In the late 1960s, Americans were caught up in the space race between the United States and the Soviet Union – but before that, another great fight was brewing concerning the efforts to send the first Black man into space.
The new Smithsonian Channel documentary, Black in Space: Breaking the Color Barrier, tells the story of Ed Dwight Jr. He was an Air Force pilot who in 1962 was named by President John F. Kennedy as the first Black astronaut trainee. Dwight was training to become the first Black astronaut in space, according to NPR.
Kennedy asked journalist Edward R. Murrow, who headed up the United States Information Agency, to help the United States improve its image globally. Murrow urged NASA to put Dwight in space.
It wouldn’t be an easy road for Dwight. As the country was in the thick of the Civil Rights Movement, Dwight faced racism from classmates and superiors in the astronaut training program. He wrote about this time in his 2009 memoir, Soaring on the Wings of a Dream.
After Kennedy was assassinated in 1963, Dwight lost an ally and his quest to go to space ended. The Air Force took him out of astronaut training and gave him other projects to work on, NPR reported.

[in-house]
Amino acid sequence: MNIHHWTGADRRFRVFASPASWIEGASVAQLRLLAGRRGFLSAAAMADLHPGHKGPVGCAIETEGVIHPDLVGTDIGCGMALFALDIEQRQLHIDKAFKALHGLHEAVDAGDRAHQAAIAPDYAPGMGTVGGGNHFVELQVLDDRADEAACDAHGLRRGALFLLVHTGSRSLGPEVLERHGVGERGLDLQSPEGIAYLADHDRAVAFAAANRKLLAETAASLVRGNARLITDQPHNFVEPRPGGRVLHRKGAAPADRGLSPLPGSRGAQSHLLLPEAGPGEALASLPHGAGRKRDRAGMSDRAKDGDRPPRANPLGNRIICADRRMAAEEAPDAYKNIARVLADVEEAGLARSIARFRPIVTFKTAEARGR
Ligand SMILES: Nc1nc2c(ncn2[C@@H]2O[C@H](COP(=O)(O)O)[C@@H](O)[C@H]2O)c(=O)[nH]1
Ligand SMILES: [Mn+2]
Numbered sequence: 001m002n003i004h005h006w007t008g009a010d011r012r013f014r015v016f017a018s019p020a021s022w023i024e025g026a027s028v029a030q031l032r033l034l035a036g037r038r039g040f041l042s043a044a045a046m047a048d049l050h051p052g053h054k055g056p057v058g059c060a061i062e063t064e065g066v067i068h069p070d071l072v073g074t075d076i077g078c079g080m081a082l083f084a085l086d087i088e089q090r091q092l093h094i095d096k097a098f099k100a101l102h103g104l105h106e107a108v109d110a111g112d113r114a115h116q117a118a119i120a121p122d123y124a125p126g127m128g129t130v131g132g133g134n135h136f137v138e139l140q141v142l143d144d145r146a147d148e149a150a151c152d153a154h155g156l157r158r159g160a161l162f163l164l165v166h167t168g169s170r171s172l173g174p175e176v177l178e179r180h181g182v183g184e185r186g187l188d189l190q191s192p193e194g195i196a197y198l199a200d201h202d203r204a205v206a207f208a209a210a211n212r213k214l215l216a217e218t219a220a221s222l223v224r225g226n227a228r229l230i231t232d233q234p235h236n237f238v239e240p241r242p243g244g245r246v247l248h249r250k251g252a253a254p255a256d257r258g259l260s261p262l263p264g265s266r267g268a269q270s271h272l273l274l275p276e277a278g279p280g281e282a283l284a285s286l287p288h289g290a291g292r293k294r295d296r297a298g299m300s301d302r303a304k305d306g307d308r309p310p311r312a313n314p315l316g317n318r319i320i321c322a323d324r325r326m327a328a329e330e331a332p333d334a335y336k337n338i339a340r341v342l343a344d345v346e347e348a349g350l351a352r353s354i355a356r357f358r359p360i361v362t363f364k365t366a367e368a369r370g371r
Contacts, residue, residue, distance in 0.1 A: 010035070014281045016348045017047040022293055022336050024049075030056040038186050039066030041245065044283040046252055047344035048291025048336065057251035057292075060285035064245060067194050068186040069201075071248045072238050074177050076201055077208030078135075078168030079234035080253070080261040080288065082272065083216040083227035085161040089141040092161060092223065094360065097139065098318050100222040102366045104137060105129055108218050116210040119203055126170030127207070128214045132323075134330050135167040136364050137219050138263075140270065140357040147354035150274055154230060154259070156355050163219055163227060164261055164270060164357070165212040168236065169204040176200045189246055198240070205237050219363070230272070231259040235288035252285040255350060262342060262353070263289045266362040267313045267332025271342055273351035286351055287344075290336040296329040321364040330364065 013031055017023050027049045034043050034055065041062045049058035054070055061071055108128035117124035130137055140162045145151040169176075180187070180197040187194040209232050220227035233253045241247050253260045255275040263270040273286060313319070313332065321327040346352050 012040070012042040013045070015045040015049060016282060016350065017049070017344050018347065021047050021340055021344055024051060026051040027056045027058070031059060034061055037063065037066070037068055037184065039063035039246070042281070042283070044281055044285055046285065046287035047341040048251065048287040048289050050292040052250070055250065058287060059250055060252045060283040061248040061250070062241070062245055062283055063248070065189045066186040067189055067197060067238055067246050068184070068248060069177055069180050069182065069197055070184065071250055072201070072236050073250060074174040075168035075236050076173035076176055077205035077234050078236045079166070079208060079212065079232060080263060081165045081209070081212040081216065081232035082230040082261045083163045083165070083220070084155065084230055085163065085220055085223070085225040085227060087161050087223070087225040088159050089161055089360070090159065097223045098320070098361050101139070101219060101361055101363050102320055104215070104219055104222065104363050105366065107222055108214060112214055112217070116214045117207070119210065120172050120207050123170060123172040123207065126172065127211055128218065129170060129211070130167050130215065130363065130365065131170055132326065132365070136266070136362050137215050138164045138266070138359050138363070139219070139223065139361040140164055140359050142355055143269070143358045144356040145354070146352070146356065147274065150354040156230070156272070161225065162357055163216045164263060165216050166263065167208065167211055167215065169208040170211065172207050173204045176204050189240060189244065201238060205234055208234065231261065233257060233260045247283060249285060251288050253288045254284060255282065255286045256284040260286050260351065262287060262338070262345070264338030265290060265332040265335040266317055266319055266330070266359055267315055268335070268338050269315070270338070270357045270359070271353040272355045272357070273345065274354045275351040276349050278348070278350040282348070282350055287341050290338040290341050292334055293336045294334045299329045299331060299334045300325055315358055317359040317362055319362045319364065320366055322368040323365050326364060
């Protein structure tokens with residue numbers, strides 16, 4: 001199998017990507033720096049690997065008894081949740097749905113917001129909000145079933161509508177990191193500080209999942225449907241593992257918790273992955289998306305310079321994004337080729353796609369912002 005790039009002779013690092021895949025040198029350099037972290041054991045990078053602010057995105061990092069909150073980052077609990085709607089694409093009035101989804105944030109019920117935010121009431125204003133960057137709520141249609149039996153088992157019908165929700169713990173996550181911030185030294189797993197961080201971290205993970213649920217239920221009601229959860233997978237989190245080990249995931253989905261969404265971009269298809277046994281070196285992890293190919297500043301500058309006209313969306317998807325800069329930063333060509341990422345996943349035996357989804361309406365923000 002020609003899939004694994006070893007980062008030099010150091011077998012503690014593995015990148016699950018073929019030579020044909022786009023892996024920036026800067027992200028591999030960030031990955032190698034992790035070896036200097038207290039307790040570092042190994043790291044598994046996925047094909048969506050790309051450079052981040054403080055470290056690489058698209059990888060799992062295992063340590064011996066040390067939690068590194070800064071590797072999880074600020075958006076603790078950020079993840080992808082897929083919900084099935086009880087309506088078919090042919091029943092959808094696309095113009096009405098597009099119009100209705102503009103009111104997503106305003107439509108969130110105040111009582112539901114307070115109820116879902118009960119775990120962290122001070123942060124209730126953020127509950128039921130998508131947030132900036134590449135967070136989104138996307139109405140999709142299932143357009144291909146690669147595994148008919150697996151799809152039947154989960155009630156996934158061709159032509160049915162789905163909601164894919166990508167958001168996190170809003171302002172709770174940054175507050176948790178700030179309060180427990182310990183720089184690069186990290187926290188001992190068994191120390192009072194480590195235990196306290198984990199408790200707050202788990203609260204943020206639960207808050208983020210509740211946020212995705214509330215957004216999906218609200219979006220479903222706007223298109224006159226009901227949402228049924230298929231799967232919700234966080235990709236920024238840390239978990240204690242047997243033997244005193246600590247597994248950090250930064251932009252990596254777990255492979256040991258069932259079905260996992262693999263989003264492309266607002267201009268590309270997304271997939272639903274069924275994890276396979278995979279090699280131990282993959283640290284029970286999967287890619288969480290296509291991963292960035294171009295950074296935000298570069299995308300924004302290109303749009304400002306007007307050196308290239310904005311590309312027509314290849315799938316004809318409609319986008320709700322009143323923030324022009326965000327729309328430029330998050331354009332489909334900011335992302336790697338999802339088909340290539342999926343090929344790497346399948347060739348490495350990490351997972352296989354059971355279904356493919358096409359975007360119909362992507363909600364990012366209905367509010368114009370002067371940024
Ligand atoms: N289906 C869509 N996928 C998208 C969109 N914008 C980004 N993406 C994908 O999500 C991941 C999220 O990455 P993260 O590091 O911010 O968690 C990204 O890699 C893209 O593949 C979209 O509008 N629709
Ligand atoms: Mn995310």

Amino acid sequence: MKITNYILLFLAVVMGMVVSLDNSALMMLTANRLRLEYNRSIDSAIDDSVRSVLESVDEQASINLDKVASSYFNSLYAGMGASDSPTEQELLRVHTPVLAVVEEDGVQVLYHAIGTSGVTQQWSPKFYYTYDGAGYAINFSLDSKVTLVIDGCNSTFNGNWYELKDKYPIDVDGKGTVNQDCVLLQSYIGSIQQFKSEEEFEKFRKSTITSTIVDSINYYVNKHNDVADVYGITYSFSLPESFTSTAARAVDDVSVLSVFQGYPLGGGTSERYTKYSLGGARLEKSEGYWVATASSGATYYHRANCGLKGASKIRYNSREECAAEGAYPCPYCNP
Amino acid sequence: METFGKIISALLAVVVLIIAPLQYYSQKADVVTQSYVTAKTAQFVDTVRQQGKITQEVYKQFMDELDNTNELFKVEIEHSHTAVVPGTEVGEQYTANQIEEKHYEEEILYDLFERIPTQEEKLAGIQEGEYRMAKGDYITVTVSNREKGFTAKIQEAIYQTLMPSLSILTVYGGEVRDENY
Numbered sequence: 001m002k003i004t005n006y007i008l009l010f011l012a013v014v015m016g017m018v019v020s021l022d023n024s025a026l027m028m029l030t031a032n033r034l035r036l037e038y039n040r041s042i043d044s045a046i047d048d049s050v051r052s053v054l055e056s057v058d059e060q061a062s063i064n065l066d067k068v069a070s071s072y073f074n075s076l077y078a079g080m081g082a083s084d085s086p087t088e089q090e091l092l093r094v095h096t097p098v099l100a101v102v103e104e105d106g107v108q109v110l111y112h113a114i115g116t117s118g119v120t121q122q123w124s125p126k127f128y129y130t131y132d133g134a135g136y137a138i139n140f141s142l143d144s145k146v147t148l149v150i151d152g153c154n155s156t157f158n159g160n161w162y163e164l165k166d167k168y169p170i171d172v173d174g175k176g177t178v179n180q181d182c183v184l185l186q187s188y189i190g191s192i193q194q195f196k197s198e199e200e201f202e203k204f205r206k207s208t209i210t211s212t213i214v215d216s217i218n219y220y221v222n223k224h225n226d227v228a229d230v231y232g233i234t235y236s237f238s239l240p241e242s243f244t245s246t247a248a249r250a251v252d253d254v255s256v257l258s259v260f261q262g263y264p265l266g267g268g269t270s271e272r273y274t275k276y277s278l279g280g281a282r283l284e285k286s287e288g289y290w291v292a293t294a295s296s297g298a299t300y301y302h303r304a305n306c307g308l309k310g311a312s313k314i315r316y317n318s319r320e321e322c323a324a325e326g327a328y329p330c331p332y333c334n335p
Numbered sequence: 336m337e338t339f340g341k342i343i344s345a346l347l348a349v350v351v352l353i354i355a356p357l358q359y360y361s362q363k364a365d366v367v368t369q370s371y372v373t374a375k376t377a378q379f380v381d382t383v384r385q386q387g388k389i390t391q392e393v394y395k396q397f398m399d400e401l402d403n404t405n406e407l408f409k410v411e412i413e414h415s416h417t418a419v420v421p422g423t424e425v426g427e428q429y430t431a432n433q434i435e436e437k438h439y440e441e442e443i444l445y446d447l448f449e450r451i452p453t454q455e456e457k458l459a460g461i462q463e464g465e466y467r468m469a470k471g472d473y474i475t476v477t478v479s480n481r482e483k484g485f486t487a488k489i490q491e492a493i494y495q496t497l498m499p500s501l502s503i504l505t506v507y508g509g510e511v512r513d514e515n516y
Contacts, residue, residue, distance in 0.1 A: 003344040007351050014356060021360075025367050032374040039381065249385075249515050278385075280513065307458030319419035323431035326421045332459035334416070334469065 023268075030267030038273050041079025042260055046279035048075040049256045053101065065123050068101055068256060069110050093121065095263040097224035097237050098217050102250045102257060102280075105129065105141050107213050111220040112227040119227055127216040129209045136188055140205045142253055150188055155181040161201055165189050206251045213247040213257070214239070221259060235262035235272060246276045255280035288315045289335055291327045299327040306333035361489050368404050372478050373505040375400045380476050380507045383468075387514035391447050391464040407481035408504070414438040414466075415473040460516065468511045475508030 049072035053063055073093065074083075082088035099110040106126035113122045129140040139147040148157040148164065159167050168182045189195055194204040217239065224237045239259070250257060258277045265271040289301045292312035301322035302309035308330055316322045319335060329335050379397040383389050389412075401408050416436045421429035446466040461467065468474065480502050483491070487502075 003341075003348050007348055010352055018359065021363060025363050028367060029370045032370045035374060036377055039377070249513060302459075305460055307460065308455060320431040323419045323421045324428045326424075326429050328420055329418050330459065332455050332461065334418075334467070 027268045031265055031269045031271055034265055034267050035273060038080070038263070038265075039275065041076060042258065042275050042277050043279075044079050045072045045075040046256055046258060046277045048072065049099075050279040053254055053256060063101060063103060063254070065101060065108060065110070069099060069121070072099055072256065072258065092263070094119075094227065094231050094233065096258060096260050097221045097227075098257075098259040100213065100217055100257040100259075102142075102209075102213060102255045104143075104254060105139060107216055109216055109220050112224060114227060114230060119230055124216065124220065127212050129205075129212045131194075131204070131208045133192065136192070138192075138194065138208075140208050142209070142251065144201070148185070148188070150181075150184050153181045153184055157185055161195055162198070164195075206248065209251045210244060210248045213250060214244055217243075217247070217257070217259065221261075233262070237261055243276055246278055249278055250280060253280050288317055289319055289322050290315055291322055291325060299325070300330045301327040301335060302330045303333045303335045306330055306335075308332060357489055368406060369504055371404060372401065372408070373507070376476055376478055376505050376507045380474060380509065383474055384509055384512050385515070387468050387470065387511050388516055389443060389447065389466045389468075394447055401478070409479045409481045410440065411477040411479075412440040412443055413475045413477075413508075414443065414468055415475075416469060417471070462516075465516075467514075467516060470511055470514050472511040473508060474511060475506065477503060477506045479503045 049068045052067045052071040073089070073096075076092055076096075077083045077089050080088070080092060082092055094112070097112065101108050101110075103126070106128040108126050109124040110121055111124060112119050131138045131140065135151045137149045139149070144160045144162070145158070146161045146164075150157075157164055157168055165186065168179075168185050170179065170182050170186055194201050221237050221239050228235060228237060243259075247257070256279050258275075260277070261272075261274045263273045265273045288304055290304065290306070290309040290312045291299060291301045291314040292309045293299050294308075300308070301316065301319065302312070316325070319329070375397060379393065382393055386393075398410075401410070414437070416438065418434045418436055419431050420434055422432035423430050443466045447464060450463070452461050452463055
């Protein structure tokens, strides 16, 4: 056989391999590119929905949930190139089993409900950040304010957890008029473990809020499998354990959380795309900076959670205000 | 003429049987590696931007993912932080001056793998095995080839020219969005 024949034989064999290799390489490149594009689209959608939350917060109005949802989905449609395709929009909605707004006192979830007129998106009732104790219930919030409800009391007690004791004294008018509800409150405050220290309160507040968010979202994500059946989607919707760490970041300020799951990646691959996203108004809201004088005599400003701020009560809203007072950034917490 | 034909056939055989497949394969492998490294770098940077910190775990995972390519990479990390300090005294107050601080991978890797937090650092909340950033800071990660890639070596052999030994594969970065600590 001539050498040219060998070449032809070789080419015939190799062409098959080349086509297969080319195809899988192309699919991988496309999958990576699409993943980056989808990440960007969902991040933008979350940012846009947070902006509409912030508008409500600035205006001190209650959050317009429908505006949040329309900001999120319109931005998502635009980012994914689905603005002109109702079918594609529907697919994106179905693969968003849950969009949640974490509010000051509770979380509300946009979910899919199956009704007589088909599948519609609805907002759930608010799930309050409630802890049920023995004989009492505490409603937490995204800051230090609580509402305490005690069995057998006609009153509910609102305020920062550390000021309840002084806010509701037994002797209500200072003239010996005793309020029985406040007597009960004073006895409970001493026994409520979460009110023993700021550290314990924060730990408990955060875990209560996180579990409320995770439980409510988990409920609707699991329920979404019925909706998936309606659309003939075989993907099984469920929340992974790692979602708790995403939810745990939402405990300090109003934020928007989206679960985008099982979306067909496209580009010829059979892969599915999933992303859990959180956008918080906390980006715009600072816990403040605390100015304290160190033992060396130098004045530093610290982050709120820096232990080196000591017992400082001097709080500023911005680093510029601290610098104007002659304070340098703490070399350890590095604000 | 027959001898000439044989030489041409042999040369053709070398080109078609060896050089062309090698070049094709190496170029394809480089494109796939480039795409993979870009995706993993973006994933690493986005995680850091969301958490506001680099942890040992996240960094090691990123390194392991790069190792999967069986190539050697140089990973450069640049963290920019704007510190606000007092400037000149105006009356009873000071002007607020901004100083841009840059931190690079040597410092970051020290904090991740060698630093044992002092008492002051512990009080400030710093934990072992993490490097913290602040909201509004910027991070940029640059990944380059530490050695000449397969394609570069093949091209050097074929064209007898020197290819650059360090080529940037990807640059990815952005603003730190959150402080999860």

Until now, Dwight’s story has been all but been forgotten. The documentary helps to shed light on NASA’s refusal back then to integrate its space program and to introduce Dwight as an early leader forging ahead in an attempt to make Black history.
Even Robert Satcher, a Black astronaut who went to space in 2009, didn’t learn about Dwight’s story until he later worked for NASA.
“It really is disappointing that he did not fly and was not a part of the Apollo experience,” Satcher told NPR’s All Things Considered about Dwight. “It would’ve been fantastic if we saw Ed Dwight walking on the moon.”
“Although there’s a lot to be proud of at NASA, I think it’s one of those chapters that is consistent with a lot of other disappointments that African Americans have experienced in this country,” Satcher added.
The nation wouldn’t see a Black man travel to space until 1983 when Guion Bluford Jr. made history.
Black in Space highlights the efforts of Dwight and the stories of other Black astronauts, including Robert Henry Lawrence, Jr., the first Black astronaut, Bluford, and Ronald McNair. Lawrence never made it to the moon after he died in an air crash at Edwards Air Force Base, California in 1967.
“They really are the first of the first,” the documentary filmmaker, Laurens Grant, said, according to the Associated Press. “And they are the elite of the elite.”